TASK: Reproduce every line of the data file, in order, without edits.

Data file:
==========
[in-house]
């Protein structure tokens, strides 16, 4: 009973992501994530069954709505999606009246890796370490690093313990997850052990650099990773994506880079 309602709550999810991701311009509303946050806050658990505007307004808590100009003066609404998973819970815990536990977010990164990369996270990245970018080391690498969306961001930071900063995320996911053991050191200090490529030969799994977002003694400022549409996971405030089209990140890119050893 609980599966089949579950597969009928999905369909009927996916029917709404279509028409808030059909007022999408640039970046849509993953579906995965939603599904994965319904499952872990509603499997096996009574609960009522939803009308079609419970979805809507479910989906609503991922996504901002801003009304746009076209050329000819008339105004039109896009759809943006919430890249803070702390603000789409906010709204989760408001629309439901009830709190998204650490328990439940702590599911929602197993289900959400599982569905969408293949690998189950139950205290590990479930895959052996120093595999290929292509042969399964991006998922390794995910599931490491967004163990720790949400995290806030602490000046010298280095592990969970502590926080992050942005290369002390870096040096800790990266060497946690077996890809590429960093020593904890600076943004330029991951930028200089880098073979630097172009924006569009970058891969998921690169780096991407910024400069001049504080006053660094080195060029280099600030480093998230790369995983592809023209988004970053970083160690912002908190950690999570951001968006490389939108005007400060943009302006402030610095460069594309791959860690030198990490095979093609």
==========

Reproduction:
[in-house]
């Protein structure tokens, strides 16, 4: 009973992501994530069954709505999606009246890796370490690093313990997850052990650099990773994506880079 309602709550999810991701311009509303946050806050658990505007307004808590100009003066609404998973819970815990536990977010990164990369996270990245970018080391690498969306961001930071900063995320996911053991050191200090490529030969799994977002003694400022549409996971405030089209990140890119050893 609980599966089949579950597969009928999905369909009927996916029917709404279509028409808030059909007022999408640039970046849509993953579906995965939603599904994965319904499952872990509603499997096996009574609960009522939803009308079609419970979805809507479910989906609503991922996504901002801003009304746009076209050329000819008339105004039109896009759809943006919430890249803070702390603000789409906010709204989760408001629309439901009830709190998204650490328990439940702590599911929602197993289900959400599982569905969408293949690998189950139950205290590990479930895959052996120093595999290929292509042969399964991006998922390794995910599931490491967004163990720790949400995290806030602490000046010298280095592990969970502590926080992050942005290369002390870096040096800790990266060497946690077996890809590429960093020593904890600076943004330029991951930028200089880098073979630097172009924006569009970058891969998921690169780096991407910024400069001049504080006053660094080195060029280099600030480093998230790369995983592809023209988004970053970083160690912002908190950690999570951001968006490389939108005007400060943009302006402030610095460069594309791959860690030198990490095979093609």